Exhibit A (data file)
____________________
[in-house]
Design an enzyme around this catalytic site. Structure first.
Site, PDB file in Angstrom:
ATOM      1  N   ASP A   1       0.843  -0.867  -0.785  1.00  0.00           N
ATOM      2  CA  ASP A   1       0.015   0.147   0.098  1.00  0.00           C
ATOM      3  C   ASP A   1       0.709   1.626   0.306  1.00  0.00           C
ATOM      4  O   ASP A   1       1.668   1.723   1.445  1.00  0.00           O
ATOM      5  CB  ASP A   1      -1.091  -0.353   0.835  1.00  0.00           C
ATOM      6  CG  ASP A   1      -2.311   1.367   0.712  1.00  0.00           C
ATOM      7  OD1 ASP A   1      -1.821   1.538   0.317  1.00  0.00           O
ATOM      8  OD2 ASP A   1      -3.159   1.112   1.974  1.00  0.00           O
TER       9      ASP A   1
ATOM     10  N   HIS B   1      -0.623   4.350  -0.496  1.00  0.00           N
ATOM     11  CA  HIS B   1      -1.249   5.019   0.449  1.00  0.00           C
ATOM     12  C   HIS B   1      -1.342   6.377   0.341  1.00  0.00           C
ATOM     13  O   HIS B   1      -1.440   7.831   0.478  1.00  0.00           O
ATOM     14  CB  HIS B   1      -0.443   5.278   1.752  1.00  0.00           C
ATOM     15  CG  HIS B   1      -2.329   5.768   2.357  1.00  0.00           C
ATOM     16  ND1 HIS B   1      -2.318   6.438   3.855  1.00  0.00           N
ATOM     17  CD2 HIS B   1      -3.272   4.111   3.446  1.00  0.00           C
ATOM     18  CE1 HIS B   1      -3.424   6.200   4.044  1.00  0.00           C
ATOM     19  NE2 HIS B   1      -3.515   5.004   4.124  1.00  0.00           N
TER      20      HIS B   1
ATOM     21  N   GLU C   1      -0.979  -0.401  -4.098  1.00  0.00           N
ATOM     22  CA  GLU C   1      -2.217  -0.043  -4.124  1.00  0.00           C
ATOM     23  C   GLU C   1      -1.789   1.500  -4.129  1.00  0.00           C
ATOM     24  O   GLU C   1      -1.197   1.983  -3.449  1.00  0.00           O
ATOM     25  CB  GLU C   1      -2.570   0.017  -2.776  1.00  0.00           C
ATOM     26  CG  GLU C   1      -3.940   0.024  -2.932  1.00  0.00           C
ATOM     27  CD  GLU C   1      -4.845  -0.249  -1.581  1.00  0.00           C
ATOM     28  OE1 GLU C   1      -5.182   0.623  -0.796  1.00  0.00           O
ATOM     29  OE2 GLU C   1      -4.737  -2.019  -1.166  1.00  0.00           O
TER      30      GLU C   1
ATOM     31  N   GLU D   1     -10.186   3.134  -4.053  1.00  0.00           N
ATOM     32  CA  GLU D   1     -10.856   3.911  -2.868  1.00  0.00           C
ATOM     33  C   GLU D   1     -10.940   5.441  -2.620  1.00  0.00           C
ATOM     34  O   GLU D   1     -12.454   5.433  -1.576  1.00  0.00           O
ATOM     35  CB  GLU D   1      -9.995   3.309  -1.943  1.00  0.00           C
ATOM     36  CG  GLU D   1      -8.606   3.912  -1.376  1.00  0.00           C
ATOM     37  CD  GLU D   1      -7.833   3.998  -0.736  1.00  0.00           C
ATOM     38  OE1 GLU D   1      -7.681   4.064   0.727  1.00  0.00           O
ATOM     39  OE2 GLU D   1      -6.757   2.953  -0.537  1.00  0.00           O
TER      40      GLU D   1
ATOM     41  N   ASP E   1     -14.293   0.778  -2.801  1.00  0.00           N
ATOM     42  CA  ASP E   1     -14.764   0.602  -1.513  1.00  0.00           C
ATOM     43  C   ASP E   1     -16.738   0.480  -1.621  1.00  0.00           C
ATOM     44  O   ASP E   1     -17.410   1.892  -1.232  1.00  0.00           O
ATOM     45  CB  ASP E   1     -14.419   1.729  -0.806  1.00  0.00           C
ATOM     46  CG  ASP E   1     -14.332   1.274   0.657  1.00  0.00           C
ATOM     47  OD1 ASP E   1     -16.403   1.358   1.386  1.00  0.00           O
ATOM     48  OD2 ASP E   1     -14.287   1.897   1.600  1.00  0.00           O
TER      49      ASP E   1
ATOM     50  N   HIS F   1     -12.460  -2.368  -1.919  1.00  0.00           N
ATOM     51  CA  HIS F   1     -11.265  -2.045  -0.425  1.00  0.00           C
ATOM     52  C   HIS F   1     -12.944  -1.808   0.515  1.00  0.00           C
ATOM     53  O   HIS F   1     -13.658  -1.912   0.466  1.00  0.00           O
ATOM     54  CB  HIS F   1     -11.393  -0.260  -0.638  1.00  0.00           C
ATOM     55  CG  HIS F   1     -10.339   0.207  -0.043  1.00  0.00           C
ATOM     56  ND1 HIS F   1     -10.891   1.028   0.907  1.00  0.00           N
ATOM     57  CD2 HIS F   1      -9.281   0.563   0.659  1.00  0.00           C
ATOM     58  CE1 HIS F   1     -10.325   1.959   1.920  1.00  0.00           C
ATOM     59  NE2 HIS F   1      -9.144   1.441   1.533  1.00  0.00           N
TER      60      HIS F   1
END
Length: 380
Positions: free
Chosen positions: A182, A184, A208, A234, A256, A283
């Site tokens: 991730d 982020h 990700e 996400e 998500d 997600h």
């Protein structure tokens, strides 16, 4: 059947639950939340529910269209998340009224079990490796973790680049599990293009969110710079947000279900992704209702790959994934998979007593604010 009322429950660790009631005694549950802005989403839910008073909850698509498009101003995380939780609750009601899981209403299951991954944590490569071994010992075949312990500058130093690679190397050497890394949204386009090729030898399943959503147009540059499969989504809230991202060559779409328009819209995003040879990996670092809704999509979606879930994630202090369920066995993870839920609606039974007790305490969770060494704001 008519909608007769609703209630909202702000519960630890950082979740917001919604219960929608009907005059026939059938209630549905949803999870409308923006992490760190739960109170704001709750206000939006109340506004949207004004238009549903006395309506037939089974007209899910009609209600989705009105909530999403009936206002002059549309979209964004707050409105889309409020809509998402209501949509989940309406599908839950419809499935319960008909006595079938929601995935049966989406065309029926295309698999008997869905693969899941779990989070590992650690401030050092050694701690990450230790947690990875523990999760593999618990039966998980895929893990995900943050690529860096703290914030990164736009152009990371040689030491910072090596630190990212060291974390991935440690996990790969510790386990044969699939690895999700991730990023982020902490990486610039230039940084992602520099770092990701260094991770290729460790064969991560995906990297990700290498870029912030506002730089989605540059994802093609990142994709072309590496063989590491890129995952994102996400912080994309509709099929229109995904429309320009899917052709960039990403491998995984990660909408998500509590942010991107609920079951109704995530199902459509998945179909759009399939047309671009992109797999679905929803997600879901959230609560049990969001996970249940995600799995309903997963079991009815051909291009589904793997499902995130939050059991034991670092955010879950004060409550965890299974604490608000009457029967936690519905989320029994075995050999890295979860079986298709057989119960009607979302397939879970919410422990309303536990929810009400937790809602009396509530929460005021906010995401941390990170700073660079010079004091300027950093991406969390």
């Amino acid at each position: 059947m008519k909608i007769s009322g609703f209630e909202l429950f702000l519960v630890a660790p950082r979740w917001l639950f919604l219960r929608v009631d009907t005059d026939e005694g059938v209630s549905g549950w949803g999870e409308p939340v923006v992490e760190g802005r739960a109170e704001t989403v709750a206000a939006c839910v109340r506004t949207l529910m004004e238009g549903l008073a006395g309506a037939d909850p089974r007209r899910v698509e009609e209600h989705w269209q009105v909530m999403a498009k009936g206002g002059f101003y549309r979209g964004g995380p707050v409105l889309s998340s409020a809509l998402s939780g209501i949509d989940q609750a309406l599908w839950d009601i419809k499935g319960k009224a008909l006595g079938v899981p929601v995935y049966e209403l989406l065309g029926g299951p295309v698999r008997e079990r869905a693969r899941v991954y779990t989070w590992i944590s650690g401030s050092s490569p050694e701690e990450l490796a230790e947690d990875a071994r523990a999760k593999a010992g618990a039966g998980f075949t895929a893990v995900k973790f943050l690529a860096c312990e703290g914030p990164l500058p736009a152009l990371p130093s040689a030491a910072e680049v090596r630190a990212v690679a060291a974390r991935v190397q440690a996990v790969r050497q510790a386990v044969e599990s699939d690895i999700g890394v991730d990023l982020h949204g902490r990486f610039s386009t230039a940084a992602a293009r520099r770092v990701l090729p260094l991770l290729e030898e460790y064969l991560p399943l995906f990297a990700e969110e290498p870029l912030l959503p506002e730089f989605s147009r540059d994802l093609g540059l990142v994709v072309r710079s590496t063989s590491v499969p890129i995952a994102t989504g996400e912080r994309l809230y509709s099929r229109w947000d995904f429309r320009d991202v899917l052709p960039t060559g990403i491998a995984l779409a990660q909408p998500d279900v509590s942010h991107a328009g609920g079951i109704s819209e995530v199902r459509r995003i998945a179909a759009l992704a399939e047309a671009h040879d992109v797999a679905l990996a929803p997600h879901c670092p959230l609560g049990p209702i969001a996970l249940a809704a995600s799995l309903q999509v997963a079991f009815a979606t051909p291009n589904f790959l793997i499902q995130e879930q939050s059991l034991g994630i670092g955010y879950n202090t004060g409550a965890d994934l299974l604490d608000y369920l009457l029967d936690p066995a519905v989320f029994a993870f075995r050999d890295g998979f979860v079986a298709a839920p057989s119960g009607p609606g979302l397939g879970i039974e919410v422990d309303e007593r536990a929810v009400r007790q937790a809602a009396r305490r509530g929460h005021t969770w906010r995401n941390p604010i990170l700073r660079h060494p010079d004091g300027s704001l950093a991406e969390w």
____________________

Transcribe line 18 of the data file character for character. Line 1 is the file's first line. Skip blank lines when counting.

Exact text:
ATOM     15  CG  HIS B   1      -2.329   5.768   2.357  1.00  0.00           C